Lessons before and after school. Moratoriums on teacher workshops. Digital libraries created on the fly. Class projects. Blizzard bags. And canceled school holidays.
The gobs of snow that fell in the last 15 days have put the state’s school districts in the precarious situation of trying to make up for lost time. Each day of learning lost to sledding must be made up. So while the first snow day brings glee, the fifth — or in some cases the seventh or eighth — not so much.
“I don’t know anyone who hasn’t reached five” snow days, Tom Scott, executive director of the Massachusetts Association of School Superintendents, said Tuesday. “There’s a lot of communication going on over our listserv where people are asking for advice.”
Students must be in class for 180 days each school year, and the state Department of Education isn’t budging. If weather is the reason classes are canceled between the first day of school and March 31, all lost days “must be made up by rescheduling full school days,” according to a Friday memo from Mitchell Chester, the state education commissioner.
Boston students have missed eight days of school, seven because of snow, meaning the school year has been stretched until the end of June, and the Evacuation Day and Bunker Hill Day holidays have been canceled. But that is just how the district is making up for the lost calendar days. Schools are still trying to figure out how to maximize the amount of instructional time students get, especially in the days before the state’s high-stakes tests.
“We are going to try to squeeze in as much time as we can using both before and after school,” said Joy Salesman Oliver, principal of the Higginson Lewis K-8 School in Roxbury.
Teachers are also using online tools so students can keep burnishing their math and reading skills, and students receive homework packages every Monday to be returned Friday, so they have work to do during the week, she said.
Still, the principal said, it is difficult to come up with a solid plan because the weather has been so unpredictable.
“We make a plan and then we have to remake it and then we have to remake it again,” she said. “In all the years that I’ve taught, this is probably been the worst that it’s been . . . and that includes the blizzard of ’78.”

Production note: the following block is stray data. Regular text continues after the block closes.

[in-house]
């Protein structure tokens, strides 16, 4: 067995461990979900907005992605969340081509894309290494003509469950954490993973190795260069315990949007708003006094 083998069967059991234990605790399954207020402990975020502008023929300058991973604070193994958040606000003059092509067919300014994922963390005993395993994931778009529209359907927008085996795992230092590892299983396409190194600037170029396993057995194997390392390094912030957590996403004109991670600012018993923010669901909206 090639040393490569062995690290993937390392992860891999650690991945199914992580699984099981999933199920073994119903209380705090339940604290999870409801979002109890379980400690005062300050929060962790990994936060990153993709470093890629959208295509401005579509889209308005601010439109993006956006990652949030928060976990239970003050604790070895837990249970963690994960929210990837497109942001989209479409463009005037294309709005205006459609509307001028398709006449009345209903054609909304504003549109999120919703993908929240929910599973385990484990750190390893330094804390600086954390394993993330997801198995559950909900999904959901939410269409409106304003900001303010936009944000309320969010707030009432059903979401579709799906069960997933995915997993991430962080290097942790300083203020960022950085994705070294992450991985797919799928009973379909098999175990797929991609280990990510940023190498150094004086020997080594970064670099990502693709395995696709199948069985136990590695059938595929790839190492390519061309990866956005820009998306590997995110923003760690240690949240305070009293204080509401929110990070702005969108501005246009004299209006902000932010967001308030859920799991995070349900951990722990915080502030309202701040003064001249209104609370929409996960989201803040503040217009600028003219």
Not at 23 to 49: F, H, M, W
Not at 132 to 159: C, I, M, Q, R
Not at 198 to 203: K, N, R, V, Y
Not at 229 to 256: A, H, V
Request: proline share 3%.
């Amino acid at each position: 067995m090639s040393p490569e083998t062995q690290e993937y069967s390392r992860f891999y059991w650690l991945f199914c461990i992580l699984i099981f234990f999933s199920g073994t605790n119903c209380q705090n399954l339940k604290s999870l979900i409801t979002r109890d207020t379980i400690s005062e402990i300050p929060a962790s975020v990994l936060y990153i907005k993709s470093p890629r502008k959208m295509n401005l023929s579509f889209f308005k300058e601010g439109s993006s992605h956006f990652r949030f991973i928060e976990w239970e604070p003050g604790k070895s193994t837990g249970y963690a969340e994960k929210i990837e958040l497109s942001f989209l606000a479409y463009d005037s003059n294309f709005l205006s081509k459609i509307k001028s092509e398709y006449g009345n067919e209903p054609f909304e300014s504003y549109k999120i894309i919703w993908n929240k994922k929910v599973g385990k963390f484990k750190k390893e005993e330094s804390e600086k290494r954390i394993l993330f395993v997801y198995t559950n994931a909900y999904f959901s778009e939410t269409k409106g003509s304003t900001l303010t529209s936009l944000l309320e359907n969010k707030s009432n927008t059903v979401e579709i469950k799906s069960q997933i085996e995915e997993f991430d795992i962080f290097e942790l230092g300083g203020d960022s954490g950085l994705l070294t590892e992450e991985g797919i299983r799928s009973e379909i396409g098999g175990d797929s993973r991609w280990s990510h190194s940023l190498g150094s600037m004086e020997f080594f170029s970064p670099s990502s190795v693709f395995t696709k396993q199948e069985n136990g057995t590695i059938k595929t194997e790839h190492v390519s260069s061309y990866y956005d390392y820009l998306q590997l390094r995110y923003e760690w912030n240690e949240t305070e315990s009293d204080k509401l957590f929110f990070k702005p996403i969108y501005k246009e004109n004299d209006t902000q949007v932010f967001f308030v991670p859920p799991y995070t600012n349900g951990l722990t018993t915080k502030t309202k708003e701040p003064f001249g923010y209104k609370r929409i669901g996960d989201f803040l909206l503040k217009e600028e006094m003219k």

One resource available to all students in Boston is an online library the district created last week when it became obvious the snow days were not done.
“A few of us got together and said, ‘Let’s figure out how we can at least provide teachers and students with some resources,’” said Mark Racine, the chief information officer for Boston public schools.
The digital library, modeled after the brick-and-mortar kind and divided into sections based on age, went live Sunday. By Tuesday, it had been visited 1,500 times, mostly by elementary students, Racine said.
The snow days — and growing snow drifts — are disruptive in other ways too, upending classroom routines, which educators say are especially crucial in elementary schools and urban school districts.
“People say routine pejoratively, but when you have a classroom of 20 to 25 7-year-olds, you need a routine to survive,” said Eric Conti, superintendent of Burlington’s public schools. “And nothing throws off a routine more than a snow day.”
Burlington students have been out of school for a total of five days, which is how many days the school system planned to absorb.
“We technically don’t have to do anything right now if we don’t cancel another day of school,” Conti said. The school year will now end June 25 barring further disruptions.
Still, Conti said he is preparing a contingency plan not just in the event of more snow days — and his fingers are crossed for that not to be the case — but to make sure the school year does not drag on unnecessarily.
Instead, Conti said he would like to create intense, grade-specific projects for students so they could make up about three days of lost instruction. That’s preferable to further extending the school year, he said, because the learning experience is different at the end of June “when the kids are just ready to be done.”
The preliminary proposal would have to be approved by teachers, the Burlington School Board, and the state.
And in urban school districts, where school is a place of stability for many students whose home lives are less so, this time away from the classroom is especially disruptive, educators say.
“For a lot of our kids, we’re the most stable thing going in their lives. Every time that gets disrupted, it makes it harder for them,” said Andre Ravenelle, superintendent of Fitchburg’s public schools, which has had seven snow days thus far, two more than what was built into their school calendar.
Ravenelle said he is considering canceling the Good Friday holiday, and part of April vacation could become a casualty. He’s also considering putting a moratorium on professional development days that the district is not financially committed to.
Maybe, he said, the time has come to rethink the 180-day school calendar. Maybe the total hours, and not days of instruction, should carry more weight; maybe the state needs only one weeklong vacation after the winter holiday instead of two, he said.
“I hope this year is a year of reflection,” Ravenelle said.